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Proof of Stake v Proof of Work Featured

Written by  May 04, 2020

Ethereum's underlying protocol will be changed from Proof of work to the Proof of stake protocol, but how many of us actually know what that means?

What are the core distinctions between the two? Furthermore, what makes one better than another?


Proof of Work

PoW was initially published in 1993 by Cynthia Dwork and Moni Naor, and it was really given a purpose in 2008 when Satoshi Nakamoto published his paper “Bitcoin: A Peer-to-Peer Electronic Cash System” creating the blockchain and the cryptocurrency called Bitcoin.

PoW can provide a distributed consensus, meaning that it is not necessary to trust and rely on now middleman like MasterCard, PayPal or Banks when discussing transactions, due to the fact that they keep registers with information about for every account. You can remove them altogether, gaining speed, efficiency and transactions at lesser fees.

Mining

When we are talking about PoW we can also underline the well-known concept of “mining” the process when computers are linked into a network in order to solve various mathematical problems to verify the legitimacy of each and every block in the blockchain and make new coins.

The difficulty of mining is underlined by its competitive nature, making it necessary to add more computing power to the network, the higher this parameter is, the higher the chances are for the miner to get rewarded by the system with coins.

Also, there are mining pools, people that are teaming up in order to increase the chances of mining a new block and also collecting the reward.

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The process of mining has its pros and cons, miners help by adding processing power to the network in order to maintain the positive balance within the blockchain.

The main issue of it is the costs that are involved for each block creation, which is large, depending mostly on the processing power of each miner’s machine and it requires massive consumption of energy, it is not cost-effective.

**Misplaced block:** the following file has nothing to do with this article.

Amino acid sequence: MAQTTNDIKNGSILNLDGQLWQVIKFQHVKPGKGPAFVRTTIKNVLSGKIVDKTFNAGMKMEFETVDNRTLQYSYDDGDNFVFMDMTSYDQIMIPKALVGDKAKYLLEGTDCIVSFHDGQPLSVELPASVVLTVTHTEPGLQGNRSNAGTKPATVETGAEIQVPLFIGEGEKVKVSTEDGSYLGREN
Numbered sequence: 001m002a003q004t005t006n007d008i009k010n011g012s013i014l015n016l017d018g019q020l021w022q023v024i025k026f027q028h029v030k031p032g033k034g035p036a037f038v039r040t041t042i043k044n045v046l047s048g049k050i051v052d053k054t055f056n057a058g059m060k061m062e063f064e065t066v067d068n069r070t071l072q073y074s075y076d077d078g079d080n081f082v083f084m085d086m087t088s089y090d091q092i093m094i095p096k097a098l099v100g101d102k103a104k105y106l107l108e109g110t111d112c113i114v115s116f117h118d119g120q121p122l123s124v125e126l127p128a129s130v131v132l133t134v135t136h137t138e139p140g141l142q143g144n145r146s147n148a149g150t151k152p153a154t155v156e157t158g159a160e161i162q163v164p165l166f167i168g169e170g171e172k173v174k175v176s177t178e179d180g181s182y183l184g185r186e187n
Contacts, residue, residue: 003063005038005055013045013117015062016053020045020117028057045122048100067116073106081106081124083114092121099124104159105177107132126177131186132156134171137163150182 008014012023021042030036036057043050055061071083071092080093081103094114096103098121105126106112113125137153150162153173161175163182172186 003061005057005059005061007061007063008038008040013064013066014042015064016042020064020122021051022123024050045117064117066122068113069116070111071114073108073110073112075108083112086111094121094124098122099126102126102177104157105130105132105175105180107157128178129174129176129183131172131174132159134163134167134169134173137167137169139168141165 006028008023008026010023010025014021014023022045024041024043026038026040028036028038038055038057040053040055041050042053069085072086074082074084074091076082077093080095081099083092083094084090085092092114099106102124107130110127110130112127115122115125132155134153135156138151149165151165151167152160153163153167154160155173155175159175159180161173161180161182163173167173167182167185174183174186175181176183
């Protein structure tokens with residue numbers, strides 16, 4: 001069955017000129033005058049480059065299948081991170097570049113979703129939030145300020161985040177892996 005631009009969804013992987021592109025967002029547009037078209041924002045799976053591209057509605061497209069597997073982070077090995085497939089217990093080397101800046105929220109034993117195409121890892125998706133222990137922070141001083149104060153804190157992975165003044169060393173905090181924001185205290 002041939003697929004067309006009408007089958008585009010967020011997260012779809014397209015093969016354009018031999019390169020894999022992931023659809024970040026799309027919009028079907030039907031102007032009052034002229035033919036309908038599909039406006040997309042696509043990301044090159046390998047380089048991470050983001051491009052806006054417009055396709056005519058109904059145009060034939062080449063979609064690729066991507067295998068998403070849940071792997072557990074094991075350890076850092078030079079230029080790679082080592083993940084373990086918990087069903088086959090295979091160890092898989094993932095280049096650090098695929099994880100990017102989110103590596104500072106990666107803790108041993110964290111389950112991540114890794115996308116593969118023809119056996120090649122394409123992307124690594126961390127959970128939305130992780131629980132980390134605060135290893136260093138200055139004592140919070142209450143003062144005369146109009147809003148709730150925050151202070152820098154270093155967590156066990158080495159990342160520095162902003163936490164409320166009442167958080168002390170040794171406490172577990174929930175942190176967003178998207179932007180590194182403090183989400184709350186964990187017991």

According to recent studies, Bitcoin miners alone use approximately 54 TWh electricity, enough to power 4 million households in the UK.


Proof of Stake

On the other hand, PoS aims also to establish consensus on the blockchain, the overall process remains the same as PoW, but reaching the end goal is totally different.

In the case of PoS, the entire process of creating a block is done virtually, and on PoS based cryptocurrencies, the creator of books is no longer called “miner” but “validator”, in order to become a validator the system automatically selects a candidate based on a quasi-random way depending on the users capital also defined as “stake”.

In general, the bigger the stake the bigger the chances are for the node to become a validator. but choosing the validator depending entirely on the stake will favour the wealthy so it was necessary to add alternative methods of selection, depending on the age of the coins staked, meaning that the longer the coins stay in that deposit, the more likely the possibility to be rewarded by the system.

Another method is Randomising block selection where the validators are selected by searching for nodes including a combination of the lowest hash value and the highest stake since the size of stake is visible to all in the blockchain the next validator or “forger” can be easily predicted.

In order to participate in the process of creating a new block, the coins have to be held as a stake for a minimum of 30 days.

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Summary

The main advantages of using PoS rather than PoW are that they are environmentally friendly and also cost-effective, electricity and hardware costs are much lower than the costs associated with the PoW protocol. Being less stressful, more people are added to the system creating more nodes and making the system more decentralised.

If you are new to the Cryptocurrency world and would like to open an account we recommend Cex.io.

Do you find this article useful? Comment below or follow us on Facebook or Twitter.

Simon Billings

Simon has worked for many years in crypto markets for the likes of BT and Cisco, developing his skills and experience along the way. He still works on projects and happily for us finds time to sharing his knowledge on Cyber Savvy UK.

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